The knights of old have long been evocative figures of history. The chivalrous heroes on horseback that populate the most cherished myths and legends have become a much-loved stereotype, both for the people of medieval times, when the orders of knights first emerged, right up to the present day.
Fables, fairy stories, literature and modern movies all revel in the stories of courage and honour represented by the knights of history – both real and imagined.
Over the centuries, the image of a knight has become simplified into a generalised character. It’s usually represented by a valiant and chivalrous military champion, mounted on a fine horse, clad in steel armour, and bearing a flag or banner.
Yet these modern interpretations are a simplification of the many types of knights and formal orders that evolved over the ages. While the earliest knights may have shared a similar rank, over time, a hierarchy evolved to distinguish the varying levels of status and achievement within the knightly orders.
While we may still be familiar with the notion of contemporary knighthoods, some of these distinctions have endured to modern times.
Here are some insights into the evolution of the hierarchy of knights throughout the ages, as well as the comparable ranks and titles that exist today.
Medieval Knight Ranks
The rank of Knight Bachelor dates back almost a thousand years. During the early Medieval period, before the formal orders and ranks of knights were established, the most basic or common type of knight – the one that many likely call to mind when imagining the knights of old – was the Knight Bachelor.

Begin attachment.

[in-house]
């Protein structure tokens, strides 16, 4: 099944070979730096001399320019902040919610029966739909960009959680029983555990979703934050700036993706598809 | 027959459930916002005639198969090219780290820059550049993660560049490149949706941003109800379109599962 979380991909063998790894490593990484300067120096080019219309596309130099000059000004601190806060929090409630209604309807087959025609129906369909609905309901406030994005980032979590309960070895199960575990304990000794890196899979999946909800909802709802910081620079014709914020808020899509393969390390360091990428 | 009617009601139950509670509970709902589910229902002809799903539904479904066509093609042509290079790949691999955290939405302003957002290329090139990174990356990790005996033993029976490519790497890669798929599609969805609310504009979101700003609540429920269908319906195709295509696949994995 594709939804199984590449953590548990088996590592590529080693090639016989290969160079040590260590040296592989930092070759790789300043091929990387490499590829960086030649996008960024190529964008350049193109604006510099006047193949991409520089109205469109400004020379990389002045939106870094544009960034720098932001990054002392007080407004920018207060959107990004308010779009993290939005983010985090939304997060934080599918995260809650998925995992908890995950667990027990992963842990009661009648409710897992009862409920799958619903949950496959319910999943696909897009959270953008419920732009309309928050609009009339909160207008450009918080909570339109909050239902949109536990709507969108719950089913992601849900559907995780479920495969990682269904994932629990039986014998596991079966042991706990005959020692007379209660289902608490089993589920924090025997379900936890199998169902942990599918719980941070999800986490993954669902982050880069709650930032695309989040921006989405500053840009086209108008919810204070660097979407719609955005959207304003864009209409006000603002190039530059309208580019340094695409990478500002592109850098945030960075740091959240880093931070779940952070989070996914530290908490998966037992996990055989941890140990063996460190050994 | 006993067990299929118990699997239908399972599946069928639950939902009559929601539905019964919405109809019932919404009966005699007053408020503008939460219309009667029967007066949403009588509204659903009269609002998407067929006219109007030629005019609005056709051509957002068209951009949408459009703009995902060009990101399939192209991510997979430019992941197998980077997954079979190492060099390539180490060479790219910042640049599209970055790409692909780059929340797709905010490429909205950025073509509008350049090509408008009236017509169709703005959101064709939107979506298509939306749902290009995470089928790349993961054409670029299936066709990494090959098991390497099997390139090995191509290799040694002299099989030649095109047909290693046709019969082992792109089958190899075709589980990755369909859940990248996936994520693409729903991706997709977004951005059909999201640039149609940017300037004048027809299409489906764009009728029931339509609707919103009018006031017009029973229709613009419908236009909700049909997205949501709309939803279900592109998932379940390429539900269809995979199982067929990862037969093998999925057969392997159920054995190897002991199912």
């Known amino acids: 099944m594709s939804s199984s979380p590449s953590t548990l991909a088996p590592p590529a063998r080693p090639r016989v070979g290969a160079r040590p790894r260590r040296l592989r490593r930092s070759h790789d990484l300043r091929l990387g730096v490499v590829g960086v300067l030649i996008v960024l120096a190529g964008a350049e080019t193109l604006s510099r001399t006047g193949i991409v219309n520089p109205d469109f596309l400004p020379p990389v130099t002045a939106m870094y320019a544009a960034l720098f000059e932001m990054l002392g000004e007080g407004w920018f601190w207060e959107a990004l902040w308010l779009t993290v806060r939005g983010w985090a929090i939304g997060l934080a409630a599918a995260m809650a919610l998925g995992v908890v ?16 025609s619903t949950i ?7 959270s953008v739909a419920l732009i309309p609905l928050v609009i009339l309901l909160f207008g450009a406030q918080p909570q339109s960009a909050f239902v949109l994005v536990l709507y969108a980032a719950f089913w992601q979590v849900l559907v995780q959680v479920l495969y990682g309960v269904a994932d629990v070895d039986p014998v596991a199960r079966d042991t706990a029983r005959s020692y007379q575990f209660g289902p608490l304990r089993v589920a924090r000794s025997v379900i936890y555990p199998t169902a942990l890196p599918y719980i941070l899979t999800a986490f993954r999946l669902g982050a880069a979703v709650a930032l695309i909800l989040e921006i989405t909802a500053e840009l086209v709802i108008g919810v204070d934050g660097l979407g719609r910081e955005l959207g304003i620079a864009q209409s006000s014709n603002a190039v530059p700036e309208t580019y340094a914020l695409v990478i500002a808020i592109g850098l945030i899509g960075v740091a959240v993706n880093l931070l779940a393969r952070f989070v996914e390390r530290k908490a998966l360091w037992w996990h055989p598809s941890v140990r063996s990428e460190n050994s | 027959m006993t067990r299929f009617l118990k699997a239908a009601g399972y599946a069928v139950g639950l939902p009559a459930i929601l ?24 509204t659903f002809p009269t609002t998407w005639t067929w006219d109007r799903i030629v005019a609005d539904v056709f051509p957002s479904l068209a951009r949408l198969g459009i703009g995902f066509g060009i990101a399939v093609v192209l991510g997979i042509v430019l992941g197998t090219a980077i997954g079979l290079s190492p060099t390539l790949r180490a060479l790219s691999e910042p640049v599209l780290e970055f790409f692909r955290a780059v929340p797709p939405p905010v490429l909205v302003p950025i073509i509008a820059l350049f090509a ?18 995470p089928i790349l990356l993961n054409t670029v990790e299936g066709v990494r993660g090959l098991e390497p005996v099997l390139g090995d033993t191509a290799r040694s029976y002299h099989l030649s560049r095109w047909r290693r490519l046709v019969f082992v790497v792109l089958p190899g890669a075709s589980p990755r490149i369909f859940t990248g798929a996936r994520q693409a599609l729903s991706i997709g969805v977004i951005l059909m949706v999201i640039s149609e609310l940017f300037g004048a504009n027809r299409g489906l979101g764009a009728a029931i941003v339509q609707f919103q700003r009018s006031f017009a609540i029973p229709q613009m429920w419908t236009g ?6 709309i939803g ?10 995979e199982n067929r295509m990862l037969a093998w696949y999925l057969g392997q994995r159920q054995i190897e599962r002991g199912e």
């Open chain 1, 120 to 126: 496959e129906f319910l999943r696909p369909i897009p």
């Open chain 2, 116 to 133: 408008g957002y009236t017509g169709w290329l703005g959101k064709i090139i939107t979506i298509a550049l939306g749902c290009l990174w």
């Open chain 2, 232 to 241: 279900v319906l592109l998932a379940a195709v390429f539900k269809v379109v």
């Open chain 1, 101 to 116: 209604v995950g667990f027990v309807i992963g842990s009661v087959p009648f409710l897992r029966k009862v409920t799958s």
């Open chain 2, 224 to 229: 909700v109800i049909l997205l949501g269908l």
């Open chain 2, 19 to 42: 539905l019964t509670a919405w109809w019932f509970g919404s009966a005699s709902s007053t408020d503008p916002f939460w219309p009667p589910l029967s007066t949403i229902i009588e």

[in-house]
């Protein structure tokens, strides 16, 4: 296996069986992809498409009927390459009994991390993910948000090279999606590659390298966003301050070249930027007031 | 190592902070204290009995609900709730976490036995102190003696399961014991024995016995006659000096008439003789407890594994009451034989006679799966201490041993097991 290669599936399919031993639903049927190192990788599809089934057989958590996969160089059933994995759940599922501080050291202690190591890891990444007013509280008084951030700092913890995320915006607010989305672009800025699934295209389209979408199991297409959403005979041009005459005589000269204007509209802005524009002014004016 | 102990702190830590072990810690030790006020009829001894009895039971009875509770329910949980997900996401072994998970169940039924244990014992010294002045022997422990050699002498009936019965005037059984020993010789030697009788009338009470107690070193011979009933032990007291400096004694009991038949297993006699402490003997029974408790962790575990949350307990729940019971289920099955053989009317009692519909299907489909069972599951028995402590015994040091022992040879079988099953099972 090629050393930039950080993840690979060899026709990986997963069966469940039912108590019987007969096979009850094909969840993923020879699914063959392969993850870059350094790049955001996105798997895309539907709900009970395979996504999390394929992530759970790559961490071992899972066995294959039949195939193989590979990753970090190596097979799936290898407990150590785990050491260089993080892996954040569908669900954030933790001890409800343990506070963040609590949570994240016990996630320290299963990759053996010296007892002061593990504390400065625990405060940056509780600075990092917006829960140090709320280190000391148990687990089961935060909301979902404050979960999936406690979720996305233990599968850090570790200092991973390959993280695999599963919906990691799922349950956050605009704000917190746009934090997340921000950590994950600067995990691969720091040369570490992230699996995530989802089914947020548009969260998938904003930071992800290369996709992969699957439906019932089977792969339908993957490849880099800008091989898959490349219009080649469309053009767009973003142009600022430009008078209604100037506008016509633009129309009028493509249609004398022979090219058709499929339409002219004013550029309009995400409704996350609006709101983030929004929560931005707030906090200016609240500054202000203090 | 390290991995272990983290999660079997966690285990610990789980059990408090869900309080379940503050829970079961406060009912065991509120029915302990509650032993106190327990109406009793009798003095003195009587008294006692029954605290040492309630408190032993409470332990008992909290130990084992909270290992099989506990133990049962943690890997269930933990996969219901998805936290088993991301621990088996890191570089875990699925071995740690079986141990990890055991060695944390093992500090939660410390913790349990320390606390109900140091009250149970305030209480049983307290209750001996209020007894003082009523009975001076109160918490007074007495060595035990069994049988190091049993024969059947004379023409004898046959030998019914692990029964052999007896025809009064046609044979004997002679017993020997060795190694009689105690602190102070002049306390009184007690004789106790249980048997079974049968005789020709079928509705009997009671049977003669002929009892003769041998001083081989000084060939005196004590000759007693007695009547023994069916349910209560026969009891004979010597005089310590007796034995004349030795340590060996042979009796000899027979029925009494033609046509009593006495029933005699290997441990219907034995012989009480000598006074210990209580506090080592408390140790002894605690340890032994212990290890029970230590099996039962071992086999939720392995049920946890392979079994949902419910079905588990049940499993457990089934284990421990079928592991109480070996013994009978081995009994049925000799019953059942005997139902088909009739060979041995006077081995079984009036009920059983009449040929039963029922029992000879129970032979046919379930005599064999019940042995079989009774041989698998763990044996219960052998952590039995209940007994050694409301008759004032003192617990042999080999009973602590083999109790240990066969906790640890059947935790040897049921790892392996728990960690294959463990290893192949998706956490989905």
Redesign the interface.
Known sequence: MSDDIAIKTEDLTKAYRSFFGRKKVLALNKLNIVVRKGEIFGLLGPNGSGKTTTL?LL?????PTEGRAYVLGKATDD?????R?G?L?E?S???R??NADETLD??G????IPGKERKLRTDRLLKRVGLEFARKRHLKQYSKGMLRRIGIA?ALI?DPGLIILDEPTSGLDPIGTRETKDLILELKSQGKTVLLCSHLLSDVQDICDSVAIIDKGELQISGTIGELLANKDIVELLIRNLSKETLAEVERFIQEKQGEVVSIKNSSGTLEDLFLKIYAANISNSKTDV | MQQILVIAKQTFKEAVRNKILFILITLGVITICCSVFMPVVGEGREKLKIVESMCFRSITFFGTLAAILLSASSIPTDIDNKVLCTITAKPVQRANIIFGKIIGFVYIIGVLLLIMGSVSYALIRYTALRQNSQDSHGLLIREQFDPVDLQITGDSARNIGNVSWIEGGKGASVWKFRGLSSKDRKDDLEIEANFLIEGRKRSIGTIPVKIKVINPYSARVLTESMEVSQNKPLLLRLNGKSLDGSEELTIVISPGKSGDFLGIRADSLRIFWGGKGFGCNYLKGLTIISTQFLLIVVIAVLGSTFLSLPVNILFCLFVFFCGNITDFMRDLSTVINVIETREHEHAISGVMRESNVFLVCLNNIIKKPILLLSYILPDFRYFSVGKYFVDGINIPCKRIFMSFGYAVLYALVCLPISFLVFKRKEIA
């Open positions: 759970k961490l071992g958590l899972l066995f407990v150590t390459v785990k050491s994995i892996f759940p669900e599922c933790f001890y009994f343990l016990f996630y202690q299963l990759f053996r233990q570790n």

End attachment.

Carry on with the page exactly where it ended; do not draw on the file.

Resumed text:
This rank is considered to be the lowest-ranking type of knight in what would come to be the hierarchy of knighthood.
The rank of Knight Bachelor did not always represent a novice knight or a young knight, but rather it related to a degree of criteria within the hierarchies that served to recognise knights of higher status, standing or achievements.
Beyond the basic level of a Knight Bachelor was a type of knight who was deemed to be of higher rank, and was entitled to carry a banner – hence the term, banneret.
This elevation within the hierarchy of knighthood was usually in recognition of outstanding military performance, often involving the attributes of courage, bravery and honour for which the esteemed knights of old became renowned.
The upgrade from a small pennon (type of flag on a lance) carried by the Knights Bachelor, to a larger square banner, was both significant and symbolic.
In the fields of battle, the distinctions worn or carried by the knights meant that they could be easily identified in both their allegiance and their status.
A Knight Commander, as the name suggests, was in charge of a group of knights. This rank was similar to that of a general within the military, or to use a contemporary example, the equivalent of a higher managerial position within a company.
As the social esteem of knights became more established during the Middle Ages, the rank of a Knight Commander was a considerable achievement.